“These kids tend to get lost in the system,” says Bruce Orkin, MD, who heads the Section of Colon and Rectal Surgery at Rush. “They might have surgery when they’re young, and do well after that, but in many cases they’ll develop problems later unless they receive regular long-term care. And yet there’s no established pathway for these children to transition to care with adult physicians, particularly adult physicians who are in tune with pediatric problems and know how to manage them.”
For more information or to refer a patient, call (312) 942-3034.
Constipation is the principal complaint in 3 to 5 percent of all visits to pediatric outpatient clinics and up to 35 percent of all visits to pediatric gastroenterologists, as reported in the literature. It is increasingly common in children with prevalence rates up to 30 percent.
This problem can be devastating to a child and disruptive to the family. Further, if the appropriate therapy is not instituted, the problem will worsen over the life of the child.
To offer patients the coordinated care needed for constipation, Rush has introduced a comprehensive bowel management clinic.
- Multidisciplinary care: Through the clinic, a child can be evaluated by pediatric gastroenterology, pediatric surgery, physical therapy and nutrition support to better delineate the condition’s causes and to evaluate modalities to improve bowel function.
- Pediatric physical therapy: As part of their care, children can see physical therapists specially trained in pediatric approaches, including biofeedback.
- Laparoscopic approaches: Pediatric surgeons can offer laparoscopic placement of a cecostomy or appendicostomy for patients suffering from fecal incontinence.
To refer a patient to the pediatric bowel management clinic, call (312) 942-3034.
Investigating delivery of chemotherapeutic agents
Through a joint appointment with University of Illinois at Chicago, pediatric surgeon Bill Chiu, MD, is conducting translational research to improve the delivery of chemotherapeutic agents to combat neuroblastoma and sarcoma tumors. Chiu is investigating whether controlled release platforms loaded with chemotherapeutic agents applied directly onto the tumor will decrease tumor growth. The goal is to develop targeted drug therapies that can be applied to the tumor and decrease systemic toxicity.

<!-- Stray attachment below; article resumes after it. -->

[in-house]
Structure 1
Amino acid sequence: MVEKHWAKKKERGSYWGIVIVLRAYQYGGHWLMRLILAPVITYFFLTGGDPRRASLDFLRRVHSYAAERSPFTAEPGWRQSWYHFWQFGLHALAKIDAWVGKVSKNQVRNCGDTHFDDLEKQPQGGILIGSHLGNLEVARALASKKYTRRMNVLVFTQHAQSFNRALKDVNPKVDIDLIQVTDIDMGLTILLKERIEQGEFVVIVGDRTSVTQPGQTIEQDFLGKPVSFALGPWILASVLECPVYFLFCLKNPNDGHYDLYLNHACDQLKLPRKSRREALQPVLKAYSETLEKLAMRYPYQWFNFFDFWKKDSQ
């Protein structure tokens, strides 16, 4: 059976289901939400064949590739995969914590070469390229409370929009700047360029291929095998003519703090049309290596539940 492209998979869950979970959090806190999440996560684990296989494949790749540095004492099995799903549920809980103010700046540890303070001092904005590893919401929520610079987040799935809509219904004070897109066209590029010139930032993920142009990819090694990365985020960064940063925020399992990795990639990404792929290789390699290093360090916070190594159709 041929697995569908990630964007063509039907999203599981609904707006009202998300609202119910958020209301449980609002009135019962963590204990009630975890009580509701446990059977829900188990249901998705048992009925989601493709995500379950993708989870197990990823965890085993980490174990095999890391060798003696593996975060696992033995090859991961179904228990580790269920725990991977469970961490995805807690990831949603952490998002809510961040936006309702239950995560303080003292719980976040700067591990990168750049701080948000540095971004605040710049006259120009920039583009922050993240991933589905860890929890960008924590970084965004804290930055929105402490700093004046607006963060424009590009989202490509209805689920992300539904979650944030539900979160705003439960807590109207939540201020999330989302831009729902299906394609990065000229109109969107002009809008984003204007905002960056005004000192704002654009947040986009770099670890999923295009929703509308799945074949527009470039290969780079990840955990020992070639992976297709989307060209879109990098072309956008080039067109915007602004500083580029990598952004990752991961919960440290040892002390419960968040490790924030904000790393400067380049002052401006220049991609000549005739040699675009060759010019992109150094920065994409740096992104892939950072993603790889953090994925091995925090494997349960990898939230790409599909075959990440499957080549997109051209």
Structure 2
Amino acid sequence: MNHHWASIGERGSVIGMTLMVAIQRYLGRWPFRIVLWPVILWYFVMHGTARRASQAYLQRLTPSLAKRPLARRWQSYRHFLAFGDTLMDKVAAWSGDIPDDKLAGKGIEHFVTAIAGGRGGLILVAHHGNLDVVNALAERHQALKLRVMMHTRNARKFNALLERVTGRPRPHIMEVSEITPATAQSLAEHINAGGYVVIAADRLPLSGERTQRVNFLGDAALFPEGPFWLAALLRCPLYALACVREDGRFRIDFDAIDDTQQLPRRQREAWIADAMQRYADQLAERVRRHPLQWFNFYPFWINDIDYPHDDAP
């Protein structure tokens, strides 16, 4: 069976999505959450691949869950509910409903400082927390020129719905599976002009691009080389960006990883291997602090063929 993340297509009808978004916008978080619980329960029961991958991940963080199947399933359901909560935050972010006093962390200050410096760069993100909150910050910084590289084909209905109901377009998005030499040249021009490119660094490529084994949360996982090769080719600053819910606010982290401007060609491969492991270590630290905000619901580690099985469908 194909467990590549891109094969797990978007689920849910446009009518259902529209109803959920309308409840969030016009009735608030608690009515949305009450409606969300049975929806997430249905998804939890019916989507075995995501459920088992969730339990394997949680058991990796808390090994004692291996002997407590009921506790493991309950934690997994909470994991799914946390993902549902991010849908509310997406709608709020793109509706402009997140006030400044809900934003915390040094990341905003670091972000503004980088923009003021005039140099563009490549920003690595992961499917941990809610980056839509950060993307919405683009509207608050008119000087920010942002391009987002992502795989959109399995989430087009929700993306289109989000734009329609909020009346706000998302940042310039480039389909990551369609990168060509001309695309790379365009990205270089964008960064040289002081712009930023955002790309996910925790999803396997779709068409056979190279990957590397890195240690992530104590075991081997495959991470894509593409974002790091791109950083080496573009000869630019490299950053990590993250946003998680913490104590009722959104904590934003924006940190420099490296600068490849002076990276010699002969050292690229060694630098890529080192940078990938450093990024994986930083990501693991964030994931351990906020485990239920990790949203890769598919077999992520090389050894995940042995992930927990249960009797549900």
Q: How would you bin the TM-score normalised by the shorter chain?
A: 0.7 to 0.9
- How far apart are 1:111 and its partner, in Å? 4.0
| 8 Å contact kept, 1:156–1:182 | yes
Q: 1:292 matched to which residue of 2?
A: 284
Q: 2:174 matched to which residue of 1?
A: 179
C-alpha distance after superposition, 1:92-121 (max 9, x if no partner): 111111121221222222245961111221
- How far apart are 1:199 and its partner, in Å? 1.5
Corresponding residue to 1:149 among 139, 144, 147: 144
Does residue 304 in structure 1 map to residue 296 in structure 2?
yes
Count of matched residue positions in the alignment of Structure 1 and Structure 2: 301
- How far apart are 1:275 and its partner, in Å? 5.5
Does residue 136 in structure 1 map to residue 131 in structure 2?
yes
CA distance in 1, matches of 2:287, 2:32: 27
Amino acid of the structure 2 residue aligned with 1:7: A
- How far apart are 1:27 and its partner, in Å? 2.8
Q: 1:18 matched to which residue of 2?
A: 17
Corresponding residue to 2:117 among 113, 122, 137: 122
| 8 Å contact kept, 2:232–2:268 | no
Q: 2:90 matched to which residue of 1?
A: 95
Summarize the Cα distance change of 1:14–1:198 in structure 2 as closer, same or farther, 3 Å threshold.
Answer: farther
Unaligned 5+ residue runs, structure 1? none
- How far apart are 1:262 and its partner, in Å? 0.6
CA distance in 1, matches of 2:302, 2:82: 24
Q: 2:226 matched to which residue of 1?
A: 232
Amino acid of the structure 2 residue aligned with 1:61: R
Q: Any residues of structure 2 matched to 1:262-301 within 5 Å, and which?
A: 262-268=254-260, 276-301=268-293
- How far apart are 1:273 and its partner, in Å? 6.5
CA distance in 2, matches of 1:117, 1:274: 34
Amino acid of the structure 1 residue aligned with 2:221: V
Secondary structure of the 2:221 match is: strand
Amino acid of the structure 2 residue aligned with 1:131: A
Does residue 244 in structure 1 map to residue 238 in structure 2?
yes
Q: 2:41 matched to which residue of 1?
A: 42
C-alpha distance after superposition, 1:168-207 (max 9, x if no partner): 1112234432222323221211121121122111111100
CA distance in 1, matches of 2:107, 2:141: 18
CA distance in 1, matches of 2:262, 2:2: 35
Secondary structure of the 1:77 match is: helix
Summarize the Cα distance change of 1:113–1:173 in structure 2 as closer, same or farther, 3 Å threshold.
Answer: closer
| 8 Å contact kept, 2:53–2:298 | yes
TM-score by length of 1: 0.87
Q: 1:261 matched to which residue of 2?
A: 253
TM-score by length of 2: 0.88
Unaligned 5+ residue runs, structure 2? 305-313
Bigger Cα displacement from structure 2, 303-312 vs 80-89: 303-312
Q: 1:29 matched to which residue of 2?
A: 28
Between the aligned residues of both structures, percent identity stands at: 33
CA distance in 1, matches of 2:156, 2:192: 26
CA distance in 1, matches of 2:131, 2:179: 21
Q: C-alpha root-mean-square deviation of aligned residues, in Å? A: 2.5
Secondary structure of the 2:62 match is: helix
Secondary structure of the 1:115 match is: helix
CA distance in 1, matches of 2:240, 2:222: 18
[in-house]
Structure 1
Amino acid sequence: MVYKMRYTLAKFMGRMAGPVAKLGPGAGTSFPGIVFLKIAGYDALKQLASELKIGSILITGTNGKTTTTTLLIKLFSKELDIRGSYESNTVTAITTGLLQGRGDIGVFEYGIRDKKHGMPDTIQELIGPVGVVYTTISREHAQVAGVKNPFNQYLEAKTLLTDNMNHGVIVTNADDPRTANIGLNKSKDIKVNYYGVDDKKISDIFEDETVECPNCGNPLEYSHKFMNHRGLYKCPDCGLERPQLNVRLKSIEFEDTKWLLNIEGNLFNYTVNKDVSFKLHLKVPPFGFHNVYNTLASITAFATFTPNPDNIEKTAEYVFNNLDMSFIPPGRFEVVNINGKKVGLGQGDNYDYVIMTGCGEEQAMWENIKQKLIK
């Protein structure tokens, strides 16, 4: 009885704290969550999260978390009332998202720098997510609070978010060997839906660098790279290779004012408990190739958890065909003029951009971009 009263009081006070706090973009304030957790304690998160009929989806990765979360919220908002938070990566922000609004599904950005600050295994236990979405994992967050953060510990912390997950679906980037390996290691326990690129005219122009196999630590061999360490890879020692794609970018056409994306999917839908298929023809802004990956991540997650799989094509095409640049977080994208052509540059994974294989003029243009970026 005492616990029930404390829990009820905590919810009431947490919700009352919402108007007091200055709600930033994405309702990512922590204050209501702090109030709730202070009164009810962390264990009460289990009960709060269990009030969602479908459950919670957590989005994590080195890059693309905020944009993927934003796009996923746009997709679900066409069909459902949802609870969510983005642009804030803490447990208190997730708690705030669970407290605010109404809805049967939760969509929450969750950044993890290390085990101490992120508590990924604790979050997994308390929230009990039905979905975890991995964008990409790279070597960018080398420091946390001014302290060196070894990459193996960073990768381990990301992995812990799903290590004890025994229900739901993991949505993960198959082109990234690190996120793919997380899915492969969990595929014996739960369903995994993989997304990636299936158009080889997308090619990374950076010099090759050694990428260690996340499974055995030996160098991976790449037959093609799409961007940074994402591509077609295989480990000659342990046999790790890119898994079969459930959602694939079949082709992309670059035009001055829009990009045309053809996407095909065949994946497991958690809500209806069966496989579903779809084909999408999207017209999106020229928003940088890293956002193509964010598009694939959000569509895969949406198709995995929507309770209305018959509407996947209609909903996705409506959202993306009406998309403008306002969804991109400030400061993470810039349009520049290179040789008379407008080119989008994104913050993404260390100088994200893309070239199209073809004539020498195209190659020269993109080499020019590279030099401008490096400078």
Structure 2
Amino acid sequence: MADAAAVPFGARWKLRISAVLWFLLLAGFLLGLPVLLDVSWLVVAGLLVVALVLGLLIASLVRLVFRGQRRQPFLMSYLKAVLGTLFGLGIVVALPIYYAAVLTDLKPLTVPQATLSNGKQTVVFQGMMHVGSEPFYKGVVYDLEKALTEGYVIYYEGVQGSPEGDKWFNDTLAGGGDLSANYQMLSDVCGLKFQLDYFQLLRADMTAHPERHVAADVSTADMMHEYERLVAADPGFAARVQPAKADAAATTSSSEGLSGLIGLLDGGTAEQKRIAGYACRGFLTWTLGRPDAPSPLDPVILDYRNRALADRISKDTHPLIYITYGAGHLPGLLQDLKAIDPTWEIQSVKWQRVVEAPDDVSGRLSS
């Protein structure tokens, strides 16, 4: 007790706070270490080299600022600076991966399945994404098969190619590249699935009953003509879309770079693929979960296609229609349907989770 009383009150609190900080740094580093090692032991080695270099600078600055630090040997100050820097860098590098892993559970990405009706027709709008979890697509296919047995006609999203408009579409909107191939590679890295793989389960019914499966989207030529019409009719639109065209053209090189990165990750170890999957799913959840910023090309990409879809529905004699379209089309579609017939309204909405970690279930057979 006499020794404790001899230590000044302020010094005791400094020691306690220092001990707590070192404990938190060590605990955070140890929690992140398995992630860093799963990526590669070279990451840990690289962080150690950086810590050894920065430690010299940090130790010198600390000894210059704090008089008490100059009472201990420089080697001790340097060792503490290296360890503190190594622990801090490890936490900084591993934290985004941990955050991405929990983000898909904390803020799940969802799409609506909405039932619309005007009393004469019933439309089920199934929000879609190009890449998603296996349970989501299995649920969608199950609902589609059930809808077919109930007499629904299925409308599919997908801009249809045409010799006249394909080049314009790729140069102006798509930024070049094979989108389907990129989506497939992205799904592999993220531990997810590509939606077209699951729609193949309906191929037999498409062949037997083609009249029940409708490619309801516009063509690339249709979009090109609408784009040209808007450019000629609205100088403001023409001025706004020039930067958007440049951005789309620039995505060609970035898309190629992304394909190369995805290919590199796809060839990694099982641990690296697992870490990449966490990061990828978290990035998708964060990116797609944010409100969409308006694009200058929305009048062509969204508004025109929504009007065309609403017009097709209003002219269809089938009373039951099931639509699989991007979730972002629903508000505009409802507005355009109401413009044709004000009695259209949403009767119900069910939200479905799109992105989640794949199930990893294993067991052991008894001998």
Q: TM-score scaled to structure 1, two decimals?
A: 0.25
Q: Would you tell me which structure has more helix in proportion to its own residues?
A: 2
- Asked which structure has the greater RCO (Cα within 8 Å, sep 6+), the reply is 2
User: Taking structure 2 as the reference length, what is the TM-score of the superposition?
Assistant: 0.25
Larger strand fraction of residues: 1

To facilitate a quick, safe transfer, our transfer team sends out experienced personnel for NICU or critically ill patients to stabilize them at the referring institution before transfer.
Whether your patients need a higher level of care of simply a second opinion, you can rapidly and easily transfer patients to Rush University Medical Center by calling (312) NOW-RUSH or (312) 669-7874.
Lunch and learn for continuing education credits
Earn continuing education credits for physicians and nurses at any of our upcoming lunch and learn symposia. Call (312) 563-3521 for a schedule of upcoming events.
Medical students or general surgery residents interested in pediatric surgery can consider a visiting rotation at Rush University Medical Center.
For further information, call (312) 942-6512.
Students, residents or fellows interested in participating in surgical research are welcome to collaborate on a project. Our residents have presented at national conferences such as The American College of Surgeons, The American Pediatric Surgery Association and the American Academy of Pediatrics Surgical Section.
For further information, call (312) 942-6512.